So, Hobby Lobby is a mess, y’all. When the Citizens United case was decided way back in 2010 I wrote about why categorizing corporations as people is bad for women. But I cannot say that I saw this coming. The complete othering of women’s health care in this country is pretty demoralizing.

John Oliver, for one, was able to nail the absurdity of this decision before it even came down. Oliver’s  new “Last Week Tonight” is great — an extension of his hilarious time with Jon Stewart, but a bit more global and maybe more cheeky, too. I am not just saying this because he is British. (Ok, maybe I am, a little. But I have really enjoyed the show: his segments ...

So, Hobby Lobby is a mess, y’all. When the Citizens United case was decided way back in 2010 I wrote about why categorizing corporations as people is bad for women. But I cannot say that I ...

Daily Feminist Cheat Sheet

“Women taking risks to advance the country’s interests… should not be treated worse than other federal employees.” The New York Times on why Peace Corps volunteers deserve fairness.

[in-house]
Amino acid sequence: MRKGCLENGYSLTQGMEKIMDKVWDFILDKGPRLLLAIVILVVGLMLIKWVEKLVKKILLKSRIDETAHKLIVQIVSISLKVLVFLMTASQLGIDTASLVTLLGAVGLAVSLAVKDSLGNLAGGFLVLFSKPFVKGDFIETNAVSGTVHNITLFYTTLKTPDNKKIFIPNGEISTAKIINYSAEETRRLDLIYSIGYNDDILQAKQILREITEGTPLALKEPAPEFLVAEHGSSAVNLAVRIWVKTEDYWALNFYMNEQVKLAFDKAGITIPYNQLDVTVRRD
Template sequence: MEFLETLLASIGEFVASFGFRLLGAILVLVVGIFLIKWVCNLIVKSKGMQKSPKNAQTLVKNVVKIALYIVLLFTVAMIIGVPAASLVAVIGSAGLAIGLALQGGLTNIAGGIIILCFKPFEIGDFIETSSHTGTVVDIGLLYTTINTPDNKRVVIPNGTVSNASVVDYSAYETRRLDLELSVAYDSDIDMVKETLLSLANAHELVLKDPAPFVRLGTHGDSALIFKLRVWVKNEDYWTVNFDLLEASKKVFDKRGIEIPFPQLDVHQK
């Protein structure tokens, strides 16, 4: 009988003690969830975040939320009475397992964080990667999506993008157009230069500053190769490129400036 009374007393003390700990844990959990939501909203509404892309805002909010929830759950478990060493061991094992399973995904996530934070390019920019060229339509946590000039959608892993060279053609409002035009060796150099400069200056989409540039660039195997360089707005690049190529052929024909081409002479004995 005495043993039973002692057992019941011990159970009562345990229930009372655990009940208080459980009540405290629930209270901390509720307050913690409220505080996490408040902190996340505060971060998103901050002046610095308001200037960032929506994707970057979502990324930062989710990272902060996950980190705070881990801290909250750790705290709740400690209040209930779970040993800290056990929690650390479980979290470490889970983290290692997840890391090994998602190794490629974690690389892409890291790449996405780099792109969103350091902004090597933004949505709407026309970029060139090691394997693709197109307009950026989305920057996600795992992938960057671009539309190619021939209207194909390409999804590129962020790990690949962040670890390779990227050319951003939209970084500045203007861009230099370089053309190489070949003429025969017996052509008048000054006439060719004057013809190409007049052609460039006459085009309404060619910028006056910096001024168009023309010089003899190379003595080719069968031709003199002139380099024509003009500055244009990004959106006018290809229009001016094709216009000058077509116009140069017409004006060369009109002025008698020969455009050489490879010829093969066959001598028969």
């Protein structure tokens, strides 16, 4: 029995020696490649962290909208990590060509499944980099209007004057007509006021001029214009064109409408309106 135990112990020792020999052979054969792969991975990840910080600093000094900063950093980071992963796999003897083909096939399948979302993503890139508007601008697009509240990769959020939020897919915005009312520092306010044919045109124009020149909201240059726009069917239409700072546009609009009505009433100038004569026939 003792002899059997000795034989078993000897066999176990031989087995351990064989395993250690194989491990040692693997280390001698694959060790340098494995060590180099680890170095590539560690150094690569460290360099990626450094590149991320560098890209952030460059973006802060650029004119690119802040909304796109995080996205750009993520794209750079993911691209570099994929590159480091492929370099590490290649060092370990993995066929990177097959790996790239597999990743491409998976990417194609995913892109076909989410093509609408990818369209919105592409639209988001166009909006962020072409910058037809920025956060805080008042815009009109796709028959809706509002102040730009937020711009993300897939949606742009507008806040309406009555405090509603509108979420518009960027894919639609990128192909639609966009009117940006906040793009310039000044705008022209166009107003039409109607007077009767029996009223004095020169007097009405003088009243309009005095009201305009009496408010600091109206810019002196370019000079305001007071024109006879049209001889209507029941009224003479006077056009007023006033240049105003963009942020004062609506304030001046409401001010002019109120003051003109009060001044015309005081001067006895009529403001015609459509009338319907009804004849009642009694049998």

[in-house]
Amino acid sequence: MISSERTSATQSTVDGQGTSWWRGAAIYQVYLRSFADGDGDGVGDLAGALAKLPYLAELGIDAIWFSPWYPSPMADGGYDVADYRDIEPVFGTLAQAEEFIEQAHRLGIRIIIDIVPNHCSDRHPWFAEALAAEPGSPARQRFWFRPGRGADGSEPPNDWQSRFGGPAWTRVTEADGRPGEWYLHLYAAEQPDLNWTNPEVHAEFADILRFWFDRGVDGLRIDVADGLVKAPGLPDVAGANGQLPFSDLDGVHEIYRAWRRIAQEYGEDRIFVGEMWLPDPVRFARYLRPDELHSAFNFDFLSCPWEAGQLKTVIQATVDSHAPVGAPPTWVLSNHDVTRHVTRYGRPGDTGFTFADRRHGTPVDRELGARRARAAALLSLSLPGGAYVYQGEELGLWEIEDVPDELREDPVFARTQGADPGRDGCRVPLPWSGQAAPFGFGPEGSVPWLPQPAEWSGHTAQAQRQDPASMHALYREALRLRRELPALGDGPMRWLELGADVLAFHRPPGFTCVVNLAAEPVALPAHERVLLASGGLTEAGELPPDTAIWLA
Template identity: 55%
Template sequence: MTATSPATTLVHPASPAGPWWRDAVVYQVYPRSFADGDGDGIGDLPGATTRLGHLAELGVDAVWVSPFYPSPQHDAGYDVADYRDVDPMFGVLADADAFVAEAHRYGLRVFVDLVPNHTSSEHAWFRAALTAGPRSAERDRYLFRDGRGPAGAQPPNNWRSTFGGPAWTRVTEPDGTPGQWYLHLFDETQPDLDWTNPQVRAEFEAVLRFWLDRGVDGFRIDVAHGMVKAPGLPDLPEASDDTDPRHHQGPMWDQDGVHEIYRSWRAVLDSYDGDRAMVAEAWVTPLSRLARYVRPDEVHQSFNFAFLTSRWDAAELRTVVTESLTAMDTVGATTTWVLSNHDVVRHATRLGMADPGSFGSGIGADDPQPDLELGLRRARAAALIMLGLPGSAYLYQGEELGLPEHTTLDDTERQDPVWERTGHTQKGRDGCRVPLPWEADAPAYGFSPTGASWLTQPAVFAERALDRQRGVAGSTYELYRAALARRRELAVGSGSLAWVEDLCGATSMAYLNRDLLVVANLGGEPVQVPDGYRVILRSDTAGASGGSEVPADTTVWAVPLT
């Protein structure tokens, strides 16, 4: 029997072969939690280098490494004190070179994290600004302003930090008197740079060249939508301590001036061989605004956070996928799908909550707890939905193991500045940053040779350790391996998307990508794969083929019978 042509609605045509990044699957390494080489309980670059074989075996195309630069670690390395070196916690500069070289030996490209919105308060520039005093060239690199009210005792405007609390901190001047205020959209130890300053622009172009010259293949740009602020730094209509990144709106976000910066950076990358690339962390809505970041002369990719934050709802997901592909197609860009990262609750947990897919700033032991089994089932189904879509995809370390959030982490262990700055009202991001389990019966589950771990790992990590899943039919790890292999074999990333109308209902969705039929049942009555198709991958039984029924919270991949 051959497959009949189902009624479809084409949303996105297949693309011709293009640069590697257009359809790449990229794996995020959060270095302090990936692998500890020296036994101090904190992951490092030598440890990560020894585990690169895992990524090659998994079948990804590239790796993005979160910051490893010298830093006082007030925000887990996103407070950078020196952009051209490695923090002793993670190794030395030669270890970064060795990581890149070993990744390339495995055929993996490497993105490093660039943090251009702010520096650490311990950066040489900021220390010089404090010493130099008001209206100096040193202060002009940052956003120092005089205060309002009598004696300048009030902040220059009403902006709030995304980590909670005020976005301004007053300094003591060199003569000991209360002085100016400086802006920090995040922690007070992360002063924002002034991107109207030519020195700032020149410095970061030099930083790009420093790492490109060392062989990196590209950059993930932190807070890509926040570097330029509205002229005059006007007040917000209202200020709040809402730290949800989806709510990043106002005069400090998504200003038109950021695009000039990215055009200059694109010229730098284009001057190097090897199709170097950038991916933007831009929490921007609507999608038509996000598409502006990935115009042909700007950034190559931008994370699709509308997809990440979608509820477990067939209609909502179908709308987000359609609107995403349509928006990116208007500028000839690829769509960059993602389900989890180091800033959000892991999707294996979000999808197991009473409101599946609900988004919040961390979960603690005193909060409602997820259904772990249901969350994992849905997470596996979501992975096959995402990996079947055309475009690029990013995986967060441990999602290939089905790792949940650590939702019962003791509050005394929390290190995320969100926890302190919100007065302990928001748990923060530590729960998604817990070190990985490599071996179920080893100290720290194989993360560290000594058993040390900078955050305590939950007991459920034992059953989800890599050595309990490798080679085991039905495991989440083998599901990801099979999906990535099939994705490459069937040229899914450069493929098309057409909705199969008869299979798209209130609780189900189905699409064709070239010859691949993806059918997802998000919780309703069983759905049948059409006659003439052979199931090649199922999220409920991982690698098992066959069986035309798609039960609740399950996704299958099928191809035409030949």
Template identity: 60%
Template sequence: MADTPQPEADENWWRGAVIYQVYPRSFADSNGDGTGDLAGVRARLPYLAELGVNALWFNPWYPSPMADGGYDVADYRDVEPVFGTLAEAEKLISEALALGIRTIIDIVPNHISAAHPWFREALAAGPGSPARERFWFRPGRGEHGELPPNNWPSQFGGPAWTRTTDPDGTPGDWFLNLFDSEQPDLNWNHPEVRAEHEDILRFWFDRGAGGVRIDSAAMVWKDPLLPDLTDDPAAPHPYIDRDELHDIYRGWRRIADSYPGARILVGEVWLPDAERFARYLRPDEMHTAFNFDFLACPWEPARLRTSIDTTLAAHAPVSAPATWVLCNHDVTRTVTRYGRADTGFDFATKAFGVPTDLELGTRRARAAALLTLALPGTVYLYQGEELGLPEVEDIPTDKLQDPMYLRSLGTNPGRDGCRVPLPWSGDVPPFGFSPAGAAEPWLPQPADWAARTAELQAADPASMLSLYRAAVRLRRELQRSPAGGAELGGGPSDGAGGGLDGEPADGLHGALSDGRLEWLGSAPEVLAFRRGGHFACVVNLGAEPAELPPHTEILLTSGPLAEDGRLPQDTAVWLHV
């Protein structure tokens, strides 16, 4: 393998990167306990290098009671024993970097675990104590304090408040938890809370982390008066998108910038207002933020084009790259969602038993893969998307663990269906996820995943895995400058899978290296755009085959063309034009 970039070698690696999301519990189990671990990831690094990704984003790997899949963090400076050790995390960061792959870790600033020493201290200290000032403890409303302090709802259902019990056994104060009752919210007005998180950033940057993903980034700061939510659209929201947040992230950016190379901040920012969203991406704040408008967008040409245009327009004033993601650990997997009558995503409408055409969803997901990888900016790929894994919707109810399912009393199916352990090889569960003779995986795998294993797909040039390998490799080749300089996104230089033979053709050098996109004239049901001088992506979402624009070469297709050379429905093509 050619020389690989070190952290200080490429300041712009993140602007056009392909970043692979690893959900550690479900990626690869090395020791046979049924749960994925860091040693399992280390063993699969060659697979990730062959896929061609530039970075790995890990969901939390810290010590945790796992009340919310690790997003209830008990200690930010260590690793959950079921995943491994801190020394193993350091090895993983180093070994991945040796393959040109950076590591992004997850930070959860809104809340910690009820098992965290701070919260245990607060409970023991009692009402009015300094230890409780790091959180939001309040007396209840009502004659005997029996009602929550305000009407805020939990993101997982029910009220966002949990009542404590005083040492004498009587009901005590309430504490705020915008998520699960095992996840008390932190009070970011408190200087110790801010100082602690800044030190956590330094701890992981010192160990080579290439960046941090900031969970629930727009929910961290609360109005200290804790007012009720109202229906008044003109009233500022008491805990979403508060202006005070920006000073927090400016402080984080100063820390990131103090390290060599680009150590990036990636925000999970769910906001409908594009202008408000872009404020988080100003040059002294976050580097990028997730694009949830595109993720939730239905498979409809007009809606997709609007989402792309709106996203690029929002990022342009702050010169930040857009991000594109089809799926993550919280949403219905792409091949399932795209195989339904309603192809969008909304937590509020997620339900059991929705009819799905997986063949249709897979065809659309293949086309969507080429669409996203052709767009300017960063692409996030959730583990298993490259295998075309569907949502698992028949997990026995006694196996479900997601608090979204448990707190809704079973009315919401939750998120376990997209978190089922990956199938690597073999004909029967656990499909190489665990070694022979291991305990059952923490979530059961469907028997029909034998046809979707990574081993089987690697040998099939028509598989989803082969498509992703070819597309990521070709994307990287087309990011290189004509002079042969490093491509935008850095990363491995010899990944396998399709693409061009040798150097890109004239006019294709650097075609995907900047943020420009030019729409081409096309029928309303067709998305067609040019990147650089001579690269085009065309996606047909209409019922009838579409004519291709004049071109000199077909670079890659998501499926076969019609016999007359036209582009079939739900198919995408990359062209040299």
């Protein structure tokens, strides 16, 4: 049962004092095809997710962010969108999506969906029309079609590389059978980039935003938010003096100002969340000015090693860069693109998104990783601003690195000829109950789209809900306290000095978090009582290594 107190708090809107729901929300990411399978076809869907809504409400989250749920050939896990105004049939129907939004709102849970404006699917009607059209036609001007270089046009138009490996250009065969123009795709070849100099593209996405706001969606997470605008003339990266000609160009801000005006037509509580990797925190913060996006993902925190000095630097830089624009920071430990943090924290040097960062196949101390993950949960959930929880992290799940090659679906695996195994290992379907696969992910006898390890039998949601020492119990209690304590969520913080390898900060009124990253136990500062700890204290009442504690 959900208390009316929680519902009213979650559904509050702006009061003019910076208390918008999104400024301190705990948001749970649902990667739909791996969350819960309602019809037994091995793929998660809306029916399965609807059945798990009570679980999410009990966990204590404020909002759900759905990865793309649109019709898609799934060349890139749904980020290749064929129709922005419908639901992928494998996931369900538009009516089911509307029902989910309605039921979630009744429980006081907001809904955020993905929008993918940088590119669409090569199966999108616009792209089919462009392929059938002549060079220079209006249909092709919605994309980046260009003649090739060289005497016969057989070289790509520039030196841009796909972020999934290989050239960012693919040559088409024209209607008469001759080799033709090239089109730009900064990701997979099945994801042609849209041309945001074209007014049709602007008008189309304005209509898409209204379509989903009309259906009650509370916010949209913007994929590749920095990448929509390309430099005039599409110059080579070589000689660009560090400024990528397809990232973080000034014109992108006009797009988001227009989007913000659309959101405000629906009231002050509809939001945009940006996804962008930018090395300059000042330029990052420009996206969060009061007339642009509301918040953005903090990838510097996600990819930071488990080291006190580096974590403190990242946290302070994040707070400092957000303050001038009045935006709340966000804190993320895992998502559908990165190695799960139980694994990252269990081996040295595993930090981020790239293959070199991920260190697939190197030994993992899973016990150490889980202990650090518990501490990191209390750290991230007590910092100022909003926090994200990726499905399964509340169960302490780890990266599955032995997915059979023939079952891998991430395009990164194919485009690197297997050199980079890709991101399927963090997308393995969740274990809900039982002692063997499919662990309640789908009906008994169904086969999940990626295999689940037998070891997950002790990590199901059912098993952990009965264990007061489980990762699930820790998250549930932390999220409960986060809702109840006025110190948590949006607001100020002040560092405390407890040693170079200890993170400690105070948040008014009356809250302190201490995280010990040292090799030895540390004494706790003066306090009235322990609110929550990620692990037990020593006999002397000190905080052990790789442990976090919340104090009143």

What’s wrong with New York Magazine‘s profile of Terry Richardson.

The mom of a girl who got sent home from high school on her last day of senior year because her dress was too short will wear her daughter’s dress to graduation.

The UN has released guidelines on reparations for victims of sexual violence.

The fashion statements of the women of Game of Thrones.

“Women taking risks to advance the country’s interests… should not be treated worse than other federal employees.” The New York Times on why Peace Corps volunteers deserve fairness.

What’s wrong with New York Magazine‘s profile of

The Savita Effect? How abortion policies really get liberalized

Ed. note: This is a guest post from Grace Wilentz. Grace is a feminist activist and writer based in Dublin, Ireland. She is also a member of the South-based feminist alliance RESURJ: Realizing Sexual and Reproductive Justice. View previous  coverage of Savita Halappanavar and abortion in Ireland here